Vim is for programmers who want to raise their game. In the hands of an expert, Vim shreds text at the speed of thought.

Installing Vim Inside Visual Studio Code

In order to bring the awesomeness of Vim inside Visual Studio Code you’ll need to install the VsCodeVim plugin:

  1. Open Visual Studio Code
  2. Go to Extensions
  3. Type vim in the search box
  4. The first plugin named Vim is the one you want
  5. Click on the install button
  6. Epic Victory!
VSCodeVim plugin inside VSCode

Now after the extension is installed you may need to restart Visual Studio Code for the changes to take effect. latest-vscode

Have you restarted it? Open a code file from your latest project and look at the cursor. Does it look like a rectangle? Yes? Welcome to Vim

Baby Steps in Vim

If you try to type text right now you’ll be surprised to see that nothing happens. Or to be more correct, nothing that you would have expected to happen. That is, as you type there’s no characters being typed in the screen. That’s because the core mode in Vim is Normal mode and not Insert mode.

In Normal mode you don’t insert text, you move around and edit it. This design decision stems from the realization that we spend more time reading, navigating and changing code that we do inserting it in the first place. These are the very basics you need to survive in Vim:

  • Move around with hjkl
  • Go into Insert mode with i where you can type stuff as usual
  • Go back to normal mode with <ESC> or <CTRL-C>

hjkl are the core and most basic motions in Vim. They allow you to move the cursor by one space in every direction:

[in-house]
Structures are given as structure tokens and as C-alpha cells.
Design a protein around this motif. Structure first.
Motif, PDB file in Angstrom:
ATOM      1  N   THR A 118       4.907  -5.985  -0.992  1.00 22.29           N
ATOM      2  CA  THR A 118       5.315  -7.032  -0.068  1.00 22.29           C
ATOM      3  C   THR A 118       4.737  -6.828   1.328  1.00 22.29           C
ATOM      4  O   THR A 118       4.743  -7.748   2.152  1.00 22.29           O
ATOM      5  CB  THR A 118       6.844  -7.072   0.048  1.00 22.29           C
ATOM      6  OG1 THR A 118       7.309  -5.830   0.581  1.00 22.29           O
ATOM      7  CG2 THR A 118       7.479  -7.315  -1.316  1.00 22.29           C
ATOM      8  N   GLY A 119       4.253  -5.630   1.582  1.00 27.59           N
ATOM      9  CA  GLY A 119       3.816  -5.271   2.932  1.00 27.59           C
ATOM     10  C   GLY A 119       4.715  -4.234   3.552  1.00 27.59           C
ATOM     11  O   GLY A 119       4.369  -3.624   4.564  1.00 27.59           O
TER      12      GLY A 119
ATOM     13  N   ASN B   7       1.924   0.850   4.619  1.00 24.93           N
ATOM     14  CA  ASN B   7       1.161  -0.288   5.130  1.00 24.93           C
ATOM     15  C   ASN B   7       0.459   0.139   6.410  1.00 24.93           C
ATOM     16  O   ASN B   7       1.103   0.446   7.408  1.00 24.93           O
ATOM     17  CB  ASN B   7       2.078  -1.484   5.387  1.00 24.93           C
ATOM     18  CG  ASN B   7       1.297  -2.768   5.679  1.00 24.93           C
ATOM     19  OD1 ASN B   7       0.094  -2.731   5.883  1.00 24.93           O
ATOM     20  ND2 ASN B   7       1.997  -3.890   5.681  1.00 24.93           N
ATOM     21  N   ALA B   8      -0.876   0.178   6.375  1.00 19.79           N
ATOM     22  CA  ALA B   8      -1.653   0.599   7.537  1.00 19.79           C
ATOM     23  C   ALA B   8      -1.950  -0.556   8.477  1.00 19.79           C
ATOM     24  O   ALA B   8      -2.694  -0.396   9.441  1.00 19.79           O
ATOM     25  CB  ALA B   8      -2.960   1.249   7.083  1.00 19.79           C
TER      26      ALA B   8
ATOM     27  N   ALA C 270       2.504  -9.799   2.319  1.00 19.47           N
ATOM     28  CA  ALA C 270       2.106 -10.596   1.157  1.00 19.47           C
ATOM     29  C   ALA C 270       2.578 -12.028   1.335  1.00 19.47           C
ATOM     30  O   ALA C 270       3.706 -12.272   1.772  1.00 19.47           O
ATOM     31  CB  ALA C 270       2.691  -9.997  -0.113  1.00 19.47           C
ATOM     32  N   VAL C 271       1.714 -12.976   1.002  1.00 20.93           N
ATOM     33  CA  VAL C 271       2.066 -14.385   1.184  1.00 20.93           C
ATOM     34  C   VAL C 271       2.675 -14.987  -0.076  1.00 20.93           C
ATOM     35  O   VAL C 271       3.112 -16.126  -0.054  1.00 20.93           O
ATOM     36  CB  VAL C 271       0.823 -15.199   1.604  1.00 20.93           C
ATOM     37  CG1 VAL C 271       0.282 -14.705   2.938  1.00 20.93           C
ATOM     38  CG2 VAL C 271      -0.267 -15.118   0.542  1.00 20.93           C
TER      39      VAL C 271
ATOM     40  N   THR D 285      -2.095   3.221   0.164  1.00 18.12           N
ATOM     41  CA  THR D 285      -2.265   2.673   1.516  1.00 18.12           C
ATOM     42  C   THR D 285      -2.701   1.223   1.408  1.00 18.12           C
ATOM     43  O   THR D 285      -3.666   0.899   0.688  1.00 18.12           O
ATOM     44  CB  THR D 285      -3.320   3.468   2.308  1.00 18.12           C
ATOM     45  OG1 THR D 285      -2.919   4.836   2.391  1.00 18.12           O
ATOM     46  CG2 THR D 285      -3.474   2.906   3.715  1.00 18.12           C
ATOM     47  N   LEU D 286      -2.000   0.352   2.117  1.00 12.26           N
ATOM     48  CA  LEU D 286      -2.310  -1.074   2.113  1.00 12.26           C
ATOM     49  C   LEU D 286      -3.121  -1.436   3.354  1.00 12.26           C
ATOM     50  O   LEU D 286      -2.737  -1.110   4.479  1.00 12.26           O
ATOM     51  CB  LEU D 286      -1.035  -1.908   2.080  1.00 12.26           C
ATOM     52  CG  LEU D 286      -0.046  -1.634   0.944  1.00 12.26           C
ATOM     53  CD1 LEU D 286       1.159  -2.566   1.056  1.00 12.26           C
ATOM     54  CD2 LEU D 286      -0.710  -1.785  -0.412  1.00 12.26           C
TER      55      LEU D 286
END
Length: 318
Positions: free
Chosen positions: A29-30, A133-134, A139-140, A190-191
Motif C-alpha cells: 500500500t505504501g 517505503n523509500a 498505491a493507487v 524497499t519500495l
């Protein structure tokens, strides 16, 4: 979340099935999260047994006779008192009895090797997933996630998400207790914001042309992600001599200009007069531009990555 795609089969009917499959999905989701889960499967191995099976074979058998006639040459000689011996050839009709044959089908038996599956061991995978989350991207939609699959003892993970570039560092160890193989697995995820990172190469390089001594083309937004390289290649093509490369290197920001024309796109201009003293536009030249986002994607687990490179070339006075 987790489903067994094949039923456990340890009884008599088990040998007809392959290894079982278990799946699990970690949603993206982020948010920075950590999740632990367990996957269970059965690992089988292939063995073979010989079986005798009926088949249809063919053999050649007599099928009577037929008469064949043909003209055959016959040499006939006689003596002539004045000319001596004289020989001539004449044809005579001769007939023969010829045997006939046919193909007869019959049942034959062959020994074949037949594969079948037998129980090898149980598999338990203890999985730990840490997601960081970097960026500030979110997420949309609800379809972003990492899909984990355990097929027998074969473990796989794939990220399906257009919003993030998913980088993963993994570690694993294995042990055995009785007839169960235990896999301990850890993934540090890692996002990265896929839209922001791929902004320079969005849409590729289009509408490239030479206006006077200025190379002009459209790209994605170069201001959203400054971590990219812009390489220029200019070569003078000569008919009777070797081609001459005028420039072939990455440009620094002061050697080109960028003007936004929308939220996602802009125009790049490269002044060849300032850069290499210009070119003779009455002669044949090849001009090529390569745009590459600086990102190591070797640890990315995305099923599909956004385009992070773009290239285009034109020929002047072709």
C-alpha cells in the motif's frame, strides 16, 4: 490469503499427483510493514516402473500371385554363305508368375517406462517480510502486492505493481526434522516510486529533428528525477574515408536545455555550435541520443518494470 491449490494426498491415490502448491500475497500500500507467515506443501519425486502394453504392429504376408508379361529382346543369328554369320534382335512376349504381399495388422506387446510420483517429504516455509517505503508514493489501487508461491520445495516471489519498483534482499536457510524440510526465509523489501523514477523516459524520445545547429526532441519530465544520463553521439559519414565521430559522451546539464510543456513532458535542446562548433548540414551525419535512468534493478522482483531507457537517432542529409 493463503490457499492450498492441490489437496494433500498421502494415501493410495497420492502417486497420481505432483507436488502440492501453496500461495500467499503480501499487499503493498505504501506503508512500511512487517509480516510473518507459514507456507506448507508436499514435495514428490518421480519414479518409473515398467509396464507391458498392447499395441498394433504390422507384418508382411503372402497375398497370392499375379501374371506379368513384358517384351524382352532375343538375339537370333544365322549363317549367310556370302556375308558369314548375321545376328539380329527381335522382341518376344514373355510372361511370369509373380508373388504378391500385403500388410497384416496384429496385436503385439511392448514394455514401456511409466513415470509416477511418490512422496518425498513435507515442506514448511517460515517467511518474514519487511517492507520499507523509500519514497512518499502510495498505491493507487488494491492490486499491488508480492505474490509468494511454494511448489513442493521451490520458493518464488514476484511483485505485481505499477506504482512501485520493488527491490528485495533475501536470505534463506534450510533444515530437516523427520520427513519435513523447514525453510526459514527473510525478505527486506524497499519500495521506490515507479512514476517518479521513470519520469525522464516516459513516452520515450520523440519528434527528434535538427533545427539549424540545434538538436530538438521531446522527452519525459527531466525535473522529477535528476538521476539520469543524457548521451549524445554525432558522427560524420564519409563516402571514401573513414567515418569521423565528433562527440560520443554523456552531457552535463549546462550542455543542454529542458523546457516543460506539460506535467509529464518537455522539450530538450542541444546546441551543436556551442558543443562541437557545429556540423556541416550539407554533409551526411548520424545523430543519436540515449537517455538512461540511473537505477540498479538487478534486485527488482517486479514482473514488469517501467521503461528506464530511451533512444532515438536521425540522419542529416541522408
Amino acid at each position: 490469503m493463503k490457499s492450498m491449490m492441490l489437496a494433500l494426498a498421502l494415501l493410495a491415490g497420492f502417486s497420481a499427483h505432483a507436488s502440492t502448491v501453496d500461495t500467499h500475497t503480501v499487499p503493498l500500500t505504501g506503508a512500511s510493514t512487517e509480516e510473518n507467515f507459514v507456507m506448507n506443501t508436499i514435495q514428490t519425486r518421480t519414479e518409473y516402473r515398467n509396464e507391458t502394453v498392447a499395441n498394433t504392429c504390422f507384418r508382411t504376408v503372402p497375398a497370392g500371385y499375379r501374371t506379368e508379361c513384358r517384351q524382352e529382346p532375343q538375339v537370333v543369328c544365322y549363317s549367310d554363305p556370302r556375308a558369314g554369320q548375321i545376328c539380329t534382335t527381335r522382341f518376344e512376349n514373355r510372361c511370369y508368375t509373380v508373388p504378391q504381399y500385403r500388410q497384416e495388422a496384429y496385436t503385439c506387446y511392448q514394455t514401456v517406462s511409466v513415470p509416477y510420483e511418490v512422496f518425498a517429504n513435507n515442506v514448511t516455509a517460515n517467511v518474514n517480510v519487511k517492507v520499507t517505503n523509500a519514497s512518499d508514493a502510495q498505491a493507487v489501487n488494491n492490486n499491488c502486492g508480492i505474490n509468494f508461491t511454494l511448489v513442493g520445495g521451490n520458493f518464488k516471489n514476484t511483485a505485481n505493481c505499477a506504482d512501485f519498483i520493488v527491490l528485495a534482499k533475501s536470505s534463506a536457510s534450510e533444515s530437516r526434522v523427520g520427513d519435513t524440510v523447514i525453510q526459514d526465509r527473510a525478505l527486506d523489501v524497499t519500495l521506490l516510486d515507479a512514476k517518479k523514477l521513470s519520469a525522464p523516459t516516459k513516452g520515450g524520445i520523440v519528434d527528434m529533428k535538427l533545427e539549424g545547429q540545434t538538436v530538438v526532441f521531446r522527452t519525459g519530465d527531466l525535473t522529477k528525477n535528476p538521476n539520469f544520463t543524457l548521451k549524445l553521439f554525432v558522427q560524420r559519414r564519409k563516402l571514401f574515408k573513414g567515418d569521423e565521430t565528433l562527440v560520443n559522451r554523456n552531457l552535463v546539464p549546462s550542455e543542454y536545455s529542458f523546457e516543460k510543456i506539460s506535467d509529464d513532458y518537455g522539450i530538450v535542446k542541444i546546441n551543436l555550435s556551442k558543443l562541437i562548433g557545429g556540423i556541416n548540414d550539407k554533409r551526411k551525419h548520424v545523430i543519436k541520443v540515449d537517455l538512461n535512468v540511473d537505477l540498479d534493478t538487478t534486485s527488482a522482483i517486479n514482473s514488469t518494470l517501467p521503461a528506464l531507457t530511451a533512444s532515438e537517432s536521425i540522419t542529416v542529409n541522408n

↑
     ← h j k l →
         ↓

They are not the most effective, nor the most efficient way to move around in Vim. But they do give you agility and confidence to move around a file in Normal mode. Learning to hjkl effectively is the equivalent of learning to walk, or learning to ride a bike.

After you get comfortable with more Vim motions you won’t use hjkl as much, but they’ll come very handy for short-distance movements and small corrections.

Moving Blazingly Fast With The Core Vim Motions

Motions (as in movements) are how you move around in Vim. They are commands that when typed move the cursor around with high speed and precision. There are many of them, and each one is best suited for different types and lengths of movement. I find they work great in tandem with VSCode native Go To features like Go To File and Go To Symbol.

Here’s a condensed list of the most useful ones:

Move Horizontally Word By Word

Word Motions allows you to move faster horizontally:

  • Use w to jump from word to word (and b to do it backward)
  • Use e to jump to the end of a word (and ge to do it backward)
  • A word in Vim only includes letters, digits and numbers. If you want to consider special characters like ., (, {, etc as part of a word (called WORD in Vim jargon) you can use the capitalized equivalents of the keys above (W, B, E, gE)

In general, word motions allow for more precise changes while WORD motions allow for faster movement.

Move To A Specific Character

Find character motions allow you to move horizontally quickly and with high precision:

  • Use f{char} to move (find) to the next occurrence of a character char in a line (and F to move backwards). For instance, f" sends you to the next occurrence of a double quote.
  • Use t{char} to move the cursor just before (until) the next occurrence of a character char

After using f{char} you can type ; to go to the next occurrence or , to go to the previous one. You can see the ; and , as commands for repeating the last character search.

Move Horizontally Extremely

To move extremely horizontally use:

  • 0: Moves to the first character of a line
  • ^: Moves to the first non-blank character of a line
  • $: Moves to the end of a line